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On Sept. 11, 2020, the City of Westminster Recreation & Parks Department and the Carroll County Beekeepers Association hosted a program about pollinators and pollination at Wakefield Valley Park in Westminster. The event featured presentations by local beekeepers and naturalists. Kevin Dayhoff | Baltimore Sun Media Group
On Sept. 11, 2020, the City of Westminster Recreation & Parks Department and the Carroll County Beekeepers Association hosted a program about pollinators and pollination at Wakefield Valley Park in Westminster. The event featured presentations by local beekeepers and naturalists. Kevin Dayhoff | Baltimore Sun Media Group (Kevin Dayhoff)

“If you are a gardener, farmer, or even just someone that likes pretty things growing in your yard, then bees are your best friend. Simply, it is another way as a community we can bring people together to make their community a better place…this will also help the pollinators…”

Whether or not you farm in Carroll County – your quality of life is directly dependent upon agriculture – and pollinators. It is only fitting that the City of Westminster recognize the role of pollinators in the life of our community. A fact not lost on Westminster Councilmember Tony Chiavacci, who said in a text, “Bees are much underappreciated for how critical they are to our food supply. I am glad we can play small part insuring they have a place thrive in our area.”

This barely scratches the surface of an ongoing story about how pollinators play a critical role in our quality of life in Carroll County. Meanwhile a Bee City committee has been assembled to enhance understanding among local government staff and the public about the vital role that the pollinators play in our community. (I am a member of the committee.)

The Westminster Bee City Committee contributed to this article. The members of the committee include: Assistant Westminster Street Superintendent Zac Amoss; Monica Schmitt, CCBA vice president and founder of Mission Beelieve; Kate Fisher, CCBA member and beekeeper; and Sam Chamelin, HSP community garden manager. Dr. Mona Becker, an environmental science educator, is also on the committee, along with Liz Jones with the Carroll County Public Library, Elly Engle, assistant professor of environmental studies, and Aaron Burroughs, Department of Parks and Recreation Advisory Board member.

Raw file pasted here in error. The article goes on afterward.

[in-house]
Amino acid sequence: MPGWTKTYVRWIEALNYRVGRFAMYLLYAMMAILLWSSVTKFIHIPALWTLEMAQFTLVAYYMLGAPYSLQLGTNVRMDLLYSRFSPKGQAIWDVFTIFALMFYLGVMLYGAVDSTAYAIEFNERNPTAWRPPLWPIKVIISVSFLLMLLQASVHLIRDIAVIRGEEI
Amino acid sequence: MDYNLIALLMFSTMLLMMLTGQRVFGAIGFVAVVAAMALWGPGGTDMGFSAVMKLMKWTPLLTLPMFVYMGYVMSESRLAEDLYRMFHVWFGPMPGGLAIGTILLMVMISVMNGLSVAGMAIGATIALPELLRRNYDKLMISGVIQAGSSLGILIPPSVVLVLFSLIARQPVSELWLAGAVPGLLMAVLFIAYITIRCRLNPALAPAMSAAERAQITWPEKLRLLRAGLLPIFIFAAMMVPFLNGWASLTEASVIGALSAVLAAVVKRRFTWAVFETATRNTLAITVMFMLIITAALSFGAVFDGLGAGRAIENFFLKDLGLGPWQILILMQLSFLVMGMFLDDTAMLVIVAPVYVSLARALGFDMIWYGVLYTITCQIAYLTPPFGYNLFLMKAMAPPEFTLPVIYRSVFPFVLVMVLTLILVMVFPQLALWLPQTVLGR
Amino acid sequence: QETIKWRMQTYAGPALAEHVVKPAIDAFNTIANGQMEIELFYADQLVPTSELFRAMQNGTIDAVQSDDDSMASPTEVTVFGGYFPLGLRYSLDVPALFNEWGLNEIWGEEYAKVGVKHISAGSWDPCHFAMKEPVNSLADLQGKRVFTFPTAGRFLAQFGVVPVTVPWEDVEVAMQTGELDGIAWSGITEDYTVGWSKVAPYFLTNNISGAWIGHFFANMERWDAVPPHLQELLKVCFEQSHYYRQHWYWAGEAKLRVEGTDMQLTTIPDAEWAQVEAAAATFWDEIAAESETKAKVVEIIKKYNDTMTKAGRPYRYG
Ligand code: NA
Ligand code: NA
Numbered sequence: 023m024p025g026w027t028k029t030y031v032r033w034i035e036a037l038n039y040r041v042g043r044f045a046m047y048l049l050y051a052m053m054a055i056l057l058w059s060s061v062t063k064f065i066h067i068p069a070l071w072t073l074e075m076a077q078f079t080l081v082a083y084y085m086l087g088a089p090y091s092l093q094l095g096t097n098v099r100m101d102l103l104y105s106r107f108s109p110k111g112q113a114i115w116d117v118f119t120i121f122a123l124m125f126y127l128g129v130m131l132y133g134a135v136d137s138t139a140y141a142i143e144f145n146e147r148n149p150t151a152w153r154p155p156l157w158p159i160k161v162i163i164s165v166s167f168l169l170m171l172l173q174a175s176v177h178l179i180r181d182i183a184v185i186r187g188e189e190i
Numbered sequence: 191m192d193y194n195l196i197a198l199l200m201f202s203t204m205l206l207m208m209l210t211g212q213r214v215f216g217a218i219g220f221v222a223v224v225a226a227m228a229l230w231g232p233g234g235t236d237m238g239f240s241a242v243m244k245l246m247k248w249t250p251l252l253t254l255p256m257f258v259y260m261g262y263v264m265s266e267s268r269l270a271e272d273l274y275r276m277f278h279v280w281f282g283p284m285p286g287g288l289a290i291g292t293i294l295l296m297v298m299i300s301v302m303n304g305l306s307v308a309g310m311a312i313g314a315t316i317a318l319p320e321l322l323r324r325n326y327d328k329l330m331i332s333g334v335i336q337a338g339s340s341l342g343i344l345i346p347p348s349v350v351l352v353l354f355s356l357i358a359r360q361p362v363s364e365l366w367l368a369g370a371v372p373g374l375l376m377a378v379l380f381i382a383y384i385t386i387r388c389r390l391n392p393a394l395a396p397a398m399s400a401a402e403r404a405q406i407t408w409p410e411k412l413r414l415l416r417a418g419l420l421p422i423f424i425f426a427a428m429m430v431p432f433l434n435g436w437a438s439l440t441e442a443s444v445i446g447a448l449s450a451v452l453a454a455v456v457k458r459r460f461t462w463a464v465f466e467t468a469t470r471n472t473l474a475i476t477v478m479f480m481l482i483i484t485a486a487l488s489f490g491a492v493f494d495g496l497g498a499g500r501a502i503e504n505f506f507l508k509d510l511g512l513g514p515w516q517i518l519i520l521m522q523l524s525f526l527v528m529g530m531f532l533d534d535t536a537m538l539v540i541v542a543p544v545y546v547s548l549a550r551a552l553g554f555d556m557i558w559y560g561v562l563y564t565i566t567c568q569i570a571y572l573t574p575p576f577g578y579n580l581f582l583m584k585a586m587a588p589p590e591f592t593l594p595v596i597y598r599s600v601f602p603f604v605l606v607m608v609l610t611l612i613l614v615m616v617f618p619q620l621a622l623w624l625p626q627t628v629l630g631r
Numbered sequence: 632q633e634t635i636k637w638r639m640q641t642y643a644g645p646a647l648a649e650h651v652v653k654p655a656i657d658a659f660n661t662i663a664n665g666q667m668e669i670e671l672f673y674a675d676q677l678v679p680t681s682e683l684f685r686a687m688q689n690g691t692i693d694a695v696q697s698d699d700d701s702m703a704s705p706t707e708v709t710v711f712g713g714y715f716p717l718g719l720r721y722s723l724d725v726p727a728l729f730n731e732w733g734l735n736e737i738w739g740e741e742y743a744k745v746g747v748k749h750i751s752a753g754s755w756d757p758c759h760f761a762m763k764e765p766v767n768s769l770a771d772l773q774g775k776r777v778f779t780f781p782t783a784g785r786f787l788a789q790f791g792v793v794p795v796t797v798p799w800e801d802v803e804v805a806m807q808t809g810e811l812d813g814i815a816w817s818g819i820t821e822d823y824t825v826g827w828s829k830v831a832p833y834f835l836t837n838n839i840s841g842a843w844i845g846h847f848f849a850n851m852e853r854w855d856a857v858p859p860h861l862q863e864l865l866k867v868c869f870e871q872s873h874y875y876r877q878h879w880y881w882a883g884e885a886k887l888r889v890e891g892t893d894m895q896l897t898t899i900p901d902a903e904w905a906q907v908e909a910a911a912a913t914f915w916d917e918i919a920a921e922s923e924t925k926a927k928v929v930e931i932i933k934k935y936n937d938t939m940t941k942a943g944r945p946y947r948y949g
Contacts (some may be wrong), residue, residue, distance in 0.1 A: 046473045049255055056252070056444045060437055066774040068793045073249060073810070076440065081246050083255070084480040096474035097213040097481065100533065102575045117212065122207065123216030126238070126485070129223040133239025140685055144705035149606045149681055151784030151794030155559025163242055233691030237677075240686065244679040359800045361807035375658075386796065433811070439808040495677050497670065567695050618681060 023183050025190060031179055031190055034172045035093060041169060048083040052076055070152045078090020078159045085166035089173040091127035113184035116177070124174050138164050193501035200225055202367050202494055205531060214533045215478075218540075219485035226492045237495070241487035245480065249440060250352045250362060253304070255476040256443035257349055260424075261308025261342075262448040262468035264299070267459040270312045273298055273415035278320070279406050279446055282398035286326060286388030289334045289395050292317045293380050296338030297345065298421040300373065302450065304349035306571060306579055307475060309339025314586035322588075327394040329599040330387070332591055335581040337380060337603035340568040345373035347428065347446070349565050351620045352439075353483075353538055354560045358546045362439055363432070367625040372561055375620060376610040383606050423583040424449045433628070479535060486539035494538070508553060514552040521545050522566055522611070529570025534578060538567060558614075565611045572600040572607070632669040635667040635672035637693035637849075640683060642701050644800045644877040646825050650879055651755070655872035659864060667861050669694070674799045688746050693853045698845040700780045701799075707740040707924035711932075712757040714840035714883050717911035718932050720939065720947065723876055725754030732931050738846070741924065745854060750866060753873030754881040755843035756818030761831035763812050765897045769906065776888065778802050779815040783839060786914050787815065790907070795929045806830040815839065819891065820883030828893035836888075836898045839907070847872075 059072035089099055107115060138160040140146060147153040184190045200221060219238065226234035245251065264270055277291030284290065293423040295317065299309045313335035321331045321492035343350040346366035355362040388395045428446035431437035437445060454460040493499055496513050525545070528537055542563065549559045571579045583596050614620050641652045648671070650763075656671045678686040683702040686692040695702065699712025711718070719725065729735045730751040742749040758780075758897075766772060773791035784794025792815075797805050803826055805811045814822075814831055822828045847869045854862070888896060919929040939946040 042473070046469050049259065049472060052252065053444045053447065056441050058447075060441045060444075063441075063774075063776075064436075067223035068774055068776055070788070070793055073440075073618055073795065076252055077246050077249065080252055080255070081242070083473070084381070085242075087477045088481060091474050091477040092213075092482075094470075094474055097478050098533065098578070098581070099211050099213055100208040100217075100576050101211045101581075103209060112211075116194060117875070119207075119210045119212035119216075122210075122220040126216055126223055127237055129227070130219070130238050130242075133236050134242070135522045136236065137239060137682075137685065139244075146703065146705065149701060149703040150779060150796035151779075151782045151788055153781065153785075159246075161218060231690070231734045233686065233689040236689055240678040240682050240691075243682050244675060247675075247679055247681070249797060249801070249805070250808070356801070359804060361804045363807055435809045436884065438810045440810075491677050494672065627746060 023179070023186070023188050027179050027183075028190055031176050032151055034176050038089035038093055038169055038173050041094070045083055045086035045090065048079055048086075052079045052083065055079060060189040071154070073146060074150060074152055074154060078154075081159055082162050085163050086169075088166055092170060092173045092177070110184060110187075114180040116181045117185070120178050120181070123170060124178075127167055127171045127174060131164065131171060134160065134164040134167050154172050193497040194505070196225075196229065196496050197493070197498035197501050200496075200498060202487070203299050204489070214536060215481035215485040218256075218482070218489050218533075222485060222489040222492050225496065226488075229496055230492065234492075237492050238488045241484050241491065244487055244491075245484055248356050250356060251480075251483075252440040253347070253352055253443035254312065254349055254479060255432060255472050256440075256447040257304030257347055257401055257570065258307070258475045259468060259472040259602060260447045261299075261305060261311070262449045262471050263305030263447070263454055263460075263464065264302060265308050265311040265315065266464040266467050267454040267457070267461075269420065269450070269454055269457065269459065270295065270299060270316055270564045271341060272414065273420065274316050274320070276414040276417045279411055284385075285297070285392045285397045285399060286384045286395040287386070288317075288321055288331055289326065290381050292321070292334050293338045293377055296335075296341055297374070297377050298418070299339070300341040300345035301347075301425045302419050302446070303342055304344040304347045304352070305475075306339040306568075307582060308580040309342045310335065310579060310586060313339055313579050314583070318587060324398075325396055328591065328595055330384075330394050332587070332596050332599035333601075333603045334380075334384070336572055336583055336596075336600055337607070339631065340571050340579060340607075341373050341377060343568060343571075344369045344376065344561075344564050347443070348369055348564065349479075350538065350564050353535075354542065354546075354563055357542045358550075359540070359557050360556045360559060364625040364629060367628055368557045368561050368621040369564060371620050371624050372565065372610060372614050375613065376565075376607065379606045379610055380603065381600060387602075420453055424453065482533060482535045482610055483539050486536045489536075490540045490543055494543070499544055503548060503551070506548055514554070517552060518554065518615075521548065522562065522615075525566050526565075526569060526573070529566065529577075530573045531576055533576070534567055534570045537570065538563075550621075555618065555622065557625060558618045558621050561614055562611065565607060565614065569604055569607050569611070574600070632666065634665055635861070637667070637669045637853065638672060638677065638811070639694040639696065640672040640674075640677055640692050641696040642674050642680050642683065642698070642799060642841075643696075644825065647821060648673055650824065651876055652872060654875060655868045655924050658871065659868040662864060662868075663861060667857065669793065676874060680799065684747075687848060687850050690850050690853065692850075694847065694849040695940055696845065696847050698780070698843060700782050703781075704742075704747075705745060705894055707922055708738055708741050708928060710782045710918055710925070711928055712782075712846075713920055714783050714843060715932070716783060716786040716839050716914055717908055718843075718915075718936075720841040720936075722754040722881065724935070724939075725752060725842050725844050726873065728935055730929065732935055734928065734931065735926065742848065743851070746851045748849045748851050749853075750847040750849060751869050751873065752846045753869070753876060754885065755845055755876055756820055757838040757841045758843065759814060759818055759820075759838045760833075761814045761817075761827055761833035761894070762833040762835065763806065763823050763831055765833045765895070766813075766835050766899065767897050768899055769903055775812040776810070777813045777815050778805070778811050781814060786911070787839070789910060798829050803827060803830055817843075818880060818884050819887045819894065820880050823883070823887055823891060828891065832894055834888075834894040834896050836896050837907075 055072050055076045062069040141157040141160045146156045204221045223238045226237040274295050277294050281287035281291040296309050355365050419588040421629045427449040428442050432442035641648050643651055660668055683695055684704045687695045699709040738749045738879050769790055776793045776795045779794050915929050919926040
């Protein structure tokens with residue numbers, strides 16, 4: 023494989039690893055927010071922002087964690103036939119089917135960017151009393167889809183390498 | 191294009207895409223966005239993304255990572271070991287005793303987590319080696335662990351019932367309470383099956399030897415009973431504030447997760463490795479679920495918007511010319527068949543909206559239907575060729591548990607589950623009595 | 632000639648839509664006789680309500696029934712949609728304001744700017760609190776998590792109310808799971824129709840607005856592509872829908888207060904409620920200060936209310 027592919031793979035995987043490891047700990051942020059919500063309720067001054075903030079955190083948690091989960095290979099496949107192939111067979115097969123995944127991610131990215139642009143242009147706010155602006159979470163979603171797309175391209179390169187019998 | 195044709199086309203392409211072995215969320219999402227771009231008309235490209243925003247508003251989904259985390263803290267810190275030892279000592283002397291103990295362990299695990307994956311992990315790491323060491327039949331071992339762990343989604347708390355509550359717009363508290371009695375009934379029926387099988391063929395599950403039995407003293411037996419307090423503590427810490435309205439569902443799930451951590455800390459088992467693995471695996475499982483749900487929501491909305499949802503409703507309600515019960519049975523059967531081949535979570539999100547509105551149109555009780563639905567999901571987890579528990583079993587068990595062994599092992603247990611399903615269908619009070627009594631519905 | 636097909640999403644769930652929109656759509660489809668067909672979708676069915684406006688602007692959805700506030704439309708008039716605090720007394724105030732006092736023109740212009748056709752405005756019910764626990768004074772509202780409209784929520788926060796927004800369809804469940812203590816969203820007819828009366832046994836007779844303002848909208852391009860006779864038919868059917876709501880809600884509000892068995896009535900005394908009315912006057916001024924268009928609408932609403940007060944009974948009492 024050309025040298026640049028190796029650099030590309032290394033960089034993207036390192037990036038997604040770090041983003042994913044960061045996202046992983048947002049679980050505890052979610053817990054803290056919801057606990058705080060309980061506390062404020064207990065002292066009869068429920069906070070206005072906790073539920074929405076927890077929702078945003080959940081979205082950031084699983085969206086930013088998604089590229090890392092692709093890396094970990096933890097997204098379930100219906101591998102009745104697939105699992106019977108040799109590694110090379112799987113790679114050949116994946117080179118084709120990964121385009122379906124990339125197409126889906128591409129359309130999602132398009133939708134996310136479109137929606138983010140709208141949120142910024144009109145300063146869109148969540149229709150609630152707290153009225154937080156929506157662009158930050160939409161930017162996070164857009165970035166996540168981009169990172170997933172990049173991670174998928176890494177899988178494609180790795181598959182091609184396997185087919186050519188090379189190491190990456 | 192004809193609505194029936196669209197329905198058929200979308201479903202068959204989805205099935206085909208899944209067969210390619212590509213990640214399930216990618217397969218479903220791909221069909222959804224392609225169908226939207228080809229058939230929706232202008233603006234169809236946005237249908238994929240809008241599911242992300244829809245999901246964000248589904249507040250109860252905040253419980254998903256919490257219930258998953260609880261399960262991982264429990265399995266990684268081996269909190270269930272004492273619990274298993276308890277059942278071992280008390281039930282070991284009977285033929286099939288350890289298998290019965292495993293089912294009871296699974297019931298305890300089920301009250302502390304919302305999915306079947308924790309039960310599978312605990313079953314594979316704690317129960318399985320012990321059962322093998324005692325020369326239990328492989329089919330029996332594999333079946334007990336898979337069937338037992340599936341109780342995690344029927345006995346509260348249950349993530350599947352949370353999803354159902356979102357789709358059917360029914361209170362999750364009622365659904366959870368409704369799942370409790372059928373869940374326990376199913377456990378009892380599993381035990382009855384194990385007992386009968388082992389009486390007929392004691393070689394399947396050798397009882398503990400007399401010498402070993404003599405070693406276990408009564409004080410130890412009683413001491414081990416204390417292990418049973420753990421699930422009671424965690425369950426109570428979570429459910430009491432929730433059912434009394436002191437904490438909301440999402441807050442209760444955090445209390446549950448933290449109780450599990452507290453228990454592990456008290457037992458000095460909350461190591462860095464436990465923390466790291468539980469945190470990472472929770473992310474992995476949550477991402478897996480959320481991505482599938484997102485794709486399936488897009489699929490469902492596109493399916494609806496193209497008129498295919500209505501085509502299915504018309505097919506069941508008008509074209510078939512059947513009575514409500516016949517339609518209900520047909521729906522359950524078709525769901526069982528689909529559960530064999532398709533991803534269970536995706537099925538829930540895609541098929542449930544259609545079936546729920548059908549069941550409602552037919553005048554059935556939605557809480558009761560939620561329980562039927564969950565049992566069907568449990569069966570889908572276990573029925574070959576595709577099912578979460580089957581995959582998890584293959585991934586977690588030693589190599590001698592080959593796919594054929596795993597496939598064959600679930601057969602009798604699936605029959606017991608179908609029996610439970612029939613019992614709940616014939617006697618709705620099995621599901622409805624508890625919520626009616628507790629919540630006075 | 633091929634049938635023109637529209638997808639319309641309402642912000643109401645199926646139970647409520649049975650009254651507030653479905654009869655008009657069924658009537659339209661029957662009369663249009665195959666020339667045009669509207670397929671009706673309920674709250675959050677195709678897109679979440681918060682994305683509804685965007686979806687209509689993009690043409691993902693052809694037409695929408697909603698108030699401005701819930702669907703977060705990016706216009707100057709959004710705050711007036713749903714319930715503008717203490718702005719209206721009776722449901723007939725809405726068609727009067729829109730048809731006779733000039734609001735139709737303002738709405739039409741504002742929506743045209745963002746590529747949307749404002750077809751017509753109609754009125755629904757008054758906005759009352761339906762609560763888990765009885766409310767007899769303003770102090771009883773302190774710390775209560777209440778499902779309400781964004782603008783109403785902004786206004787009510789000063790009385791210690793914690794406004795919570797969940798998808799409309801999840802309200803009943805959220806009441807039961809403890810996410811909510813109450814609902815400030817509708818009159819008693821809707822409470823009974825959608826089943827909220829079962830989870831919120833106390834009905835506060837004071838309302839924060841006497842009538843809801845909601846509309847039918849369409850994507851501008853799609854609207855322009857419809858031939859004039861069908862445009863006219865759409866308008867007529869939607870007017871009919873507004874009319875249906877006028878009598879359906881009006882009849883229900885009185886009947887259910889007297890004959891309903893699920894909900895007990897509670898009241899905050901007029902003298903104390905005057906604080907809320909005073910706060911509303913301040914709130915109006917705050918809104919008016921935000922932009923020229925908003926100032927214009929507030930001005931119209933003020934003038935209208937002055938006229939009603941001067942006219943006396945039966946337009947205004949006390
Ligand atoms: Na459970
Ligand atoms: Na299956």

On Sept. 11, 2020, the City of Westminster Recreation & Parks Department and the Carroll County Beekeepers Association hosted a program about pollinators and pollination at Wakefield Valley Park in Westminster. The event featured presentations by local beekeepers and naturalists. Kevin Dayhoff | Baltimore Sun Media Group
On Sept. 11, 2020, the City of Westminster Recreation & Parks Department and the Carroll County Beekeepers Association hosted a program about pollinators and pollination at Wakefield Valley Park in Westminster. The event featured presentations by local beekeepers and naturalists. Kevin Dayhoff | Baltimore Sun Media Group (Kevin Dayhoff)

Meanwhile, for more information on the Carroll County Beekeepers Association go to the association’s website www.carrollcountybeekeepers.org. The association meets every third Wednesday of the month at 7:30 p.m. at the Bear Branch Nature Center.

For more information on the importance of pollinators in our community go here: www.beecityusa.org or to the U.S Forest service website, www.fs.fed.us/wildflowers/pollinators/importance.shtml. Another great source of information (with links to even more resources) may be found on the Maryland Department of Natural Resources website, http://dnr.maryland.gov/wildlife/Pages/habitat/wabees.aspx

Go pollinators.

Kevin Dayhoff writes from Westminster. His Time Flies column appears every Sunday. Email him at kevindayhoff@gmail.com.